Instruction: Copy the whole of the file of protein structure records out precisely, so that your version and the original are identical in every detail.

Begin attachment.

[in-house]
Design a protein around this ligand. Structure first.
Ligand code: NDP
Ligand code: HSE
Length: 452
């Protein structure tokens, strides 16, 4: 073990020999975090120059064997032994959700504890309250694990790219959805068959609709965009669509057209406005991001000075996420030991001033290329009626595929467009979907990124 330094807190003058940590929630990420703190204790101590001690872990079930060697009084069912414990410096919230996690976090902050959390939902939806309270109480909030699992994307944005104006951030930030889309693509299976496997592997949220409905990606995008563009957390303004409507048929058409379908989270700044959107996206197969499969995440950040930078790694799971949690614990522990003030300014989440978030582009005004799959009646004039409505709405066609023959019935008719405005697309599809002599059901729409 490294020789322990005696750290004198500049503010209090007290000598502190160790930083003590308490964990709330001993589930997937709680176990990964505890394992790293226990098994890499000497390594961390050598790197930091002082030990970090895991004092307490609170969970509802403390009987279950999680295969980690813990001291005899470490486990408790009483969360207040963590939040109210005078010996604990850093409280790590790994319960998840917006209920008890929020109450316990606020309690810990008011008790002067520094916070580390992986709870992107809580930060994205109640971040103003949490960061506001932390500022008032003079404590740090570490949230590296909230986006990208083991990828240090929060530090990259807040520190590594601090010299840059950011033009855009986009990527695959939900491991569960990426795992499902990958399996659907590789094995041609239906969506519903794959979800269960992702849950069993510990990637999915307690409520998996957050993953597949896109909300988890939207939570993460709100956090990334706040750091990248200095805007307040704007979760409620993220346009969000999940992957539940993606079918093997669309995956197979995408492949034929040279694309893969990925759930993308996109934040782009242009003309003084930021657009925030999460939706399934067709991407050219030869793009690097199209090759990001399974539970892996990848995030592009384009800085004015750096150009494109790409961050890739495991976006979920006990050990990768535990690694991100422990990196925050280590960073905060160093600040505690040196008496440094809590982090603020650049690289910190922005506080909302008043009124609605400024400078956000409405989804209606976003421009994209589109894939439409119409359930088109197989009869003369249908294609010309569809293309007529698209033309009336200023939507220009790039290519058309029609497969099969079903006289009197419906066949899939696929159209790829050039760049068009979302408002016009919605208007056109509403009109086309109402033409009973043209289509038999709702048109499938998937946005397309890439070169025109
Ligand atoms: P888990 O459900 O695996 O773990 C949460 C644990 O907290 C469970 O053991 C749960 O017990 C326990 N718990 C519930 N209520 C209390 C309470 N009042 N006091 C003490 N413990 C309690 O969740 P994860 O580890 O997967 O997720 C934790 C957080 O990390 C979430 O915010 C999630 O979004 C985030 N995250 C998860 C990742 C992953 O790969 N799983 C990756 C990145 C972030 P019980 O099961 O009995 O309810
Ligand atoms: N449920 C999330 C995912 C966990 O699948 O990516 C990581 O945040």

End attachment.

[in-house]
Design a protein around this ligand. Structure first.
Ligand code: NDP
Ligand code: HSE
Length: 452
């Protein structure tokens, strides 16, 4: 073990020999975090120059064997032994959700504890309250694990790219959805068959609709965009669509057209406005991001000075996420030991001033290329009626595929467009979907990124 330094807190003058940590929630990420703190204790101590001690872990079930060697009084069912414990410096919230996690976090902050959390939902939806309270109480909030699992994307944005104006951030930030889309693509299976496997592997949220409905990606995008563009957390303004409507048929058409379908989270700044959107996206197969499969995440950040930078790694799971949690614990522990003030300014989440978030582009005004799959009646004039409505709405066609023959019935008719405005697309599809002599059901729409 490294020789322990005696750290004198500049503010209090007290000598502190160790930083003590308490964990709330001993589930997937709680176990990964505890394992790293226990098994890499000497390594961390050598790197930091002082030990970090895991004092307490609170969970509802403390009987279950999680295969980690813990001291005899470490486990408790009483969360207040963590939040109210005078010996604990850093409280790590790994319960998840917006209920008890929020109450316990606020309690810990008011008790002067520094916070580390992986709870992107809580930060994205109640971040103003949490960061506001932390500022008032003079404590740090570490949230590296909230986006990208083991990828240090929060530090990259807040520190590594601090010299840059950011033009855009986009990527695959939900491991569960990426795992499902990958399996659907590789094995041609239906969506519903794959979800269960992702849950069993510990990637999915307690409520998996957050993953597949896109909300988890939207939570993460709100956090990334706040750091990248200095805007307040704007979760409620993220346009969000999940992957539940993606079918093997669309995956197979995408492949034929040279694309893969990925759930993308996109934040782009242009003309003084930021657009925030999460939706399934067709991407050219030869793009690097199209090759990001399974539970892996990848995030592009384009800085004015750096150009494109790409961050890739495991976006979920006990050990990768535990690694991100422990990196925050280590960073905060160093600040505690040196008496440094809590982090603020650049690289910190922005506080909302008043009124609605400024400078956000409405989804209606976003421009994209589109894939439409119409359930088109197989009869003369249908294609010309569809293309007529698209033309009336200023939507220009790039290519058309029609497969099969079903006289009197419906066949899939696929159209790829050039760049068009979302408002016009919605208007056109509403009109086309109402033409009973043209289509038999709702048109499938998937946005397309890439070169025109
Ligand atoms: P888990 O459900 O695996 O773990 C949460 C644990 O907290 C469970 O053991 C749960 O017990 C326990 N718990 C519930 N209520 C209390 C309470 N009042 N006091 C003490 N413990 C309690 O969740 P994860 O580890 O997967 O997720 C934790 C957080 O990390 C979430 O915010 C999630 O979004 C985030 N995250 C998860 C990742 C992953 O790969 N799983 C990756 C990145 C972030 P019980 O099961 O009995 O309810
Ligand atoms: N449920 C999330 C995912 C966990 O699948 O990516 C990581 O945040």